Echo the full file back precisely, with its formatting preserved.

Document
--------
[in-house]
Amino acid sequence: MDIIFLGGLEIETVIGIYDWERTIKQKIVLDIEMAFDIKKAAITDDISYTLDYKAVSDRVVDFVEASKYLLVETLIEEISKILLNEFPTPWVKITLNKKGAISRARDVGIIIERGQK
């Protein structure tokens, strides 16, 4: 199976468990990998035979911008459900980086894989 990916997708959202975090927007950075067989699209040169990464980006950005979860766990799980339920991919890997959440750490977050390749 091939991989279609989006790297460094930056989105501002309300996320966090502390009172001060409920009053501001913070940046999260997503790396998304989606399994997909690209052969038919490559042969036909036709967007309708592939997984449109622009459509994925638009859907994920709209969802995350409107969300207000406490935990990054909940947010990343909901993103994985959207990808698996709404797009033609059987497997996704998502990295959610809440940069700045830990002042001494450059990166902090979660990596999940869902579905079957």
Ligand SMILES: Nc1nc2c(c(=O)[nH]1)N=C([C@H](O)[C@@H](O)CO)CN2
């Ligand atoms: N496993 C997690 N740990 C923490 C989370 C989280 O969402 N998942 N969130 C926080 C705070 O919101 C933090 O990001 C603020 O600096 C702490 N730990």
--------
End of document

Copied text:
[in-house]
Amino acid sequence: MDIIFLGGLEIETVIGIYDWERTIKQKIVLDIEMAFDIKKAAITDDISYTLDYKAVSDRVVDFVEASKYLLVETLIEEISKILLNEFPTPWVKITLNKKGAISRARDVGIIIERGQK
């Protein structure tokens, strides 16, 4: 199976468990990998035979911008459900980086894989 990916997708959202975090927007950075067989699209040169990464980006950005979860766990799980339920991919890997959440750490977050390749 091939991989279609989006790297460094930056989105501002309300996320966090502390009172001060409920009053501001913070940046999260997503790396998304989606399994997909690209052969038919490559042969036909036709967007309708592939997984449109622009459509994925638009859907994920709209969802995350409107969300207000406490935990990054909940947010990343909901993103994985959207990808698996709404797009033609059987497997996704998502990295959610809440940069700045830990002042001494450059990166902090979660990596999940869902579905079957």
Ligand SMILES: Nc1nc2c(c(=O)[nH]1)N=C([C@H](O)[C@@H](O)CO)CN2
């Ligand atoms: N496993 C997690 N740990 C923490 C989370 C989280 O969402 N998942 N969130 C926080 C705070 O919101 C933090 O990001 C603020 O600096 C702490 N730990």